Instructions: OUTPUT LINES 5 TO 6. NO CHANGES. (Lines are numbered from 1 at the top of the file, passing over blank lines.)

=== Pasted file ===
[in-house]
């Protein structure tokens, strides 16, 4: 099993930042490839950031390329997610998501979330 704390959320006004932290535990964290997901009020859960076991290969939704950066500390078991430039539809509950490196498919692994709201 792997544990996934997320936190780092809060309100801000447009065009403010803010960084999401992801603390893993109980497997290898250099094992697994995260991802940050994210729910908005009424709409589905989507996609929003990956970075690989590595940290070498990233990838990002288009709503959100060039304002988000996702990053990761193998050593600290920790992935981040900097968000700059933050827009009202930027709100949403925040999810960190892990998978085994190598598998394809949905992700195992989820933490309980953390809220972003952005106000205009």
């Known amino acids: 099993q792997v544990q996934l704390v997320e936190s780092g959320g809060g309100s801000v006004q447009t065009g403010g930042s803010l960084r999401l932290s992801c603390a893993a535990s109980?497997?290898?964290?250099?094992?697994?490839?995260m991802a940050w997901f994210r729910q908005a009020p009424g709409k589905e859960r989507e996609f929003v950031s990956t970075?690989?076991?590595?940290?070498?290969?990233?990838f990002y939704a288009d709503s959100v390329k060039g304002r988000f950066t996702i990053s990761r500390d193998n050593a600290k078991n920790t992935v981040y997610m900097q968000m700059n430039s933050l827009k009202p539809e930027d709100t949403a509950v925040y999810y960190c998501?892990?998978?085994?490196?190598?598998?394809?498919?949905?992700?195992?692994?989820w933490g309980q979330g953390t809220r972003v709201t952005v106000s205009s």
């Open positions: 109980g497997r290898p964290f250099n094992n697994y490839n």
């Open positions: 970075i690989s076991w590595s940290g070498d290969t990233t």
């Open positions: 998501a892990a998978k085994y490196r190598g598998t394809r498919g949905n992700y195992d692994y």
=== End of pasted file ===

């Open positions: 970075i690989s076991w590595s940290g070498d290969t990233t």
């Open positions: 998501a892990a998978k085994y490196r190598g598998t394809r498919g949905n992700y195992d692994y």